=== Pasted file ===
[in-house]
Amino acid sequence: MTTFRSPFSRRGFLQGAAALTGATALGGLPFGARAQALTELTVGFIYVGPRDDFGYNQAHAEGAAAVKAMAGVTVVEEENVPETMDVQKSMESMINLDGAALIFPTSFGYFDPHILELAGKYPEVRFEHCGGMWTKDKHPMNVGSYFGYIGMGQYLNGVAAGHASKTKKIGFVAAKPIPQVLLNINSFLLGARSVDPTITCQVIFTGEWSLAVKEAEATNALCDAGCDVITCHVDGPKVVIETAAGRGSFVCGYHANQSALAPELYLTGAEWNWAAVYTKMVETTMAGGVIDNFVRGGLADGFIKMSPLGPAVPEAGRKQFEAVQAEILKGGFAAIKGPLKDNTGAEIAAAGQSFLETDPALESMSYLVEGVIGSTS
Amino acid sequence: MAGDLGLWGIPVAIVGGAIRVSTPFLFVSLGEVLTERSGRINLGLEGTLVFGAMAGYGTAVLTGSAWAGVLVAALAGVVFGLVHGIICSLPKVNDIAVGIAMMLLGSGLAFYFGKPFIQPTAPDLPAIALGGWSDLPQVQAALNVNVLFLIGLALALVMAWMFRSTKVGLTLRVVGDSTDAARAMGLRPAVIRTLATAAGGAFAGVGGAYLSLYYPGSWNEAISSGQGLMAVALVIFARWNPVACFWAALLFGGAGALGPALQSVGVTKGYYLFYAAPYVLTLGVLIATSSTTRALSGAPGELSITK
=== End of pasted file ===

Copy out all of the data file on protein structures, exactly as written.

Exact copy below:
[in-house]
Amino acid sequence: MTTFRSPFSRRGFLQGAAALTGATALGGLPFGARAQALTELTVGFIYVGPRDDFGYNQAHAEGAAAVKAMAGVTVVEEENVPETMDVQKSMESMINLDGAALIFPTSFGYFDPHILELAGKYPEVRFEHCGGMWTKDKHPMNVGSYFGYIGMGQYLNGVAAGHASKTKKIGFVAAKPIPQVLLNINSFLLGARSVDPTITCQVIFTGEWSLAVKEAEATNALCDAGCDVITCHVDGPKVVIETAAGRGSFVCGYHANQSALAPELYLTGAEWNWAAVYTKMVETTMAGGVIDNFVRGGLADGFIKMSPLGPAVPEAGRKQFEAVQAEILKGGFAAIKGPLKDNTGAEIAAAGQSFLETDPALESMSYLVEGVIGSTS
Amino acid sequence: MAGDLGLWGIPVAIVGGAIRVSTPFLFVSLGEVLTERSGRINLGLEGTLVFGAMAGYGTAVLTGSAWAGVLVAALAGVVFGLVHGIICSLPKVNDIAVGIAMMLLGSGLAFYFGKPFIQPTAPDLPAIALGGWSDLPQVQAALNVNVLFLIGLALALVMAWMFRSTKVGLTLRVVGDSTDAARAMGLRPAVIRTLATAAGGAFAGVGGAYLSLYYPGSWNEAISSGQGLMAVALVIFARWNPVACFWAALLFGGAGALGPALQSVGVTKGYYLFYAAPYVLTLGVLIATSSTTRALSGAPGELSITK